Car allowance and Mileage Allowance Payments

If your employer provides a car allowance, you can still receive Mileage Allowance Payments (MAPs). Although you are responsible for any car expenses, as mentioned above, your business mileage can be reimbursed through MAPs and paid out by your employer monthly.

The MAP is based on the business miles you drive and is usually in line with HMRC's advisory rate (45p for the first 10,000 mi, 25p after that). You can use our HMRC mileage rates calculator to work out how much you will receive in mileage allowance payments based on your driving.

If you are paid a car allowance, your employer may provide a lower mileage rate or none at all. If so, you can claim Mileage Allowance Relief (MAR) from HMRC at tax time. See our dedicated guide on how to claim Mileage Allowance Relief.

Car allowance vs the car salary sacrifice scheme

Receiving a company car allowance allows you to choose the car you want to purchase, lease, or simply maintain your current car. If you buy or lease a car, you can keep it even if you leave the company. However, you will pay income tax and National Insurance on the car allowance and will have to maintain the car yourself. Generally, a car allowance will be advantageous if you already own a car or have low transportation costs.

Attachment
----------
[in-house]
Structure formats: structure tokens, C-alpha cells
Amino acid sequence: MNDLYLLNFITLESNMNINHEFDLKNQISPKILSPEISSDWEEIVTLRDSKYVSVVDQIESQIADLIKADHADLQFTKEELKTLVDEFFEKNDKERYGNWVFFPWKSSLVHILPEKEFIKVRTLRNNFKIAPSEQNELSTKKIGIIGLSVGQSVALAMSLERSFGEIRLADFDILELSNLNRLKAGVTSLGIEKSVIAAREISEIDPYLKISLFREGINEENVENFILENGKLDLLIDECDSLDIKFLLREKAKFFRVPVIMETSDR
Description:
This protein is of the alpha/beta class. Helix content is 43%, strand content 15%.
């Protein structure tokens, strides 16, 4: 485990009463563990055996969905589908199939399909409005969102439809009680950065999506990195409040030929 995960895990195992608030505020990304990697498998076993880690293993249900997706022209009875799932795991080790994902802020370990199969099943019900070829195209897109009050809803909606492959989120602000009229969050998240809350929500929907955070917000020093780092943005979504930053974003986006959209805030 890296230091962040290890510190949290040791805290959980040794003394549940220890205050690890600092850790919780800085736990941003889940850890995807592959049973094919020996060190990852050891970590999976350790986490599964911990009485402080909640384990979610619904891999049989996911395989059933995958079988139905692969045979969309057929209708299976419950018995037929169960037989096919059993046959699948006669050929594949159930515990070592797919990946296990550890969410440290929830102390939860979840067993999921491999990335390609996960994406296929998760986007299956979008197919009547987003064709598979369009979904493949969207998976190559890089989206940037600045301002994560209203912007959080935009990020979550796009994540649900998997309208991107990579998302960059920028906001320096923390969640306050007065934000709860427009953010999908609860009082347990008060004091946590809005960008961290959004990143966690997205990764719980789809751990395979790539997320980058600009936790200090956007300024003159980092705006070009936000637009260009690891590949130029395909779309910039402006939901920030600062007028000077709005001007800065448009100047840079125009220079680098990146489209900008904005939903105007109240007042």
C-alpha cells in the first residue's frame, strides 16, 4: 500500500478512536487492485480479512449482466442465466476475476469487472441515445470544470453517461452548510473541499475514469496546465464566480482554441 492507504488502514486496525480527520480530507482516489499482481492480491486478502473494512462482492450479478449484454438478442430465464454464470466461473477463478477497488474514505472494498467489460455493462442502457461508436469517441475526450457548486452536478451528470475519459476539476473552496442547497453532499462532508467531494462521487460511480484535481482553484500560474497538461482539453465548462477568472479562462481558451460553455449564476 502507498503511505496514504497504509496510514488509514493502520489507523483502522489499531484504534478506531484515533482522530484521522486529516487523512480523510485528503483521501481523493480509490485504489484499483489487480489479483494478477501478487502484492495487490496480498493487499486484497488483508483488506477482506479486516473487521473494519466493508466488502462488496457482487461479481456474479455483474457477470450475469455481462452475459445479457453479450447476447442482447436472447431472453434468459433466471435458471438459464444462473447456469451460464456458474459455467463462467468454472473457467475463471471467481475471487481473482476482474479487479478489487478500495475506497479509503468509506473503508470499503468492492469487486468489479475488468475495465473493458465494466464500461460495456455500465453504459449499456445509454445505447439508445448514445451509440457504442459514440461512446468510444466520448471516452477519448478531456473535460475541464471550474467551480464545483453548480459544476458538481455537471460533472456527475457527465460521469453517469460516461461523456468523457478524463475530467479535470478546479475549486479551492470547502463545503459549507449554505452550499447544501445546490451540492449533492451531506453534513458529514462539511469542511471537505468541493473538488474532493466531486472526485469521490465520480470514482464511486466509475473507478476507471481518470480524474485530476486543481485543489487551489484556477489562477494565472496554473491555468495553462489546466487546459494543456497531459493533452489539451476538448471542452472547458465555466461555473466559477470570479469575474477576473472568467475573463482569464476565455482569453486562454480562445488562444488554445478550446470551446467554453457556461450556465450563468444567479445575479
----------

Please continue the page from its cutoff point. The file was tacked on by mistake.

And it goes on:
Salary sacrifice schemes for cars let you choose a car from a leasing company your employer has a contract with, potentially restricting your options. However, the salary sacrifice will lower your payable tax since you sacrifice a part of your salary prior to taxation. The maintenance of the car will usually be handled by the leasing company. There is a Benefit-in-Kind tax payable, too. A drawback you should keep in mind is that you must return the car if you leave the company. Find an explanation of car salary sacrifice schemes in the UK.

Car allowance vs company cars

Car allowance gives you the freedom to choose the car you want to purchase or keep your current car. You are responsible for maintenance and any other expenses associated with owning or leasing the car. The car allowance is added to your salary and is taxed as such, so before you splurge on a car, you should check what is left of your car allowance after taxes.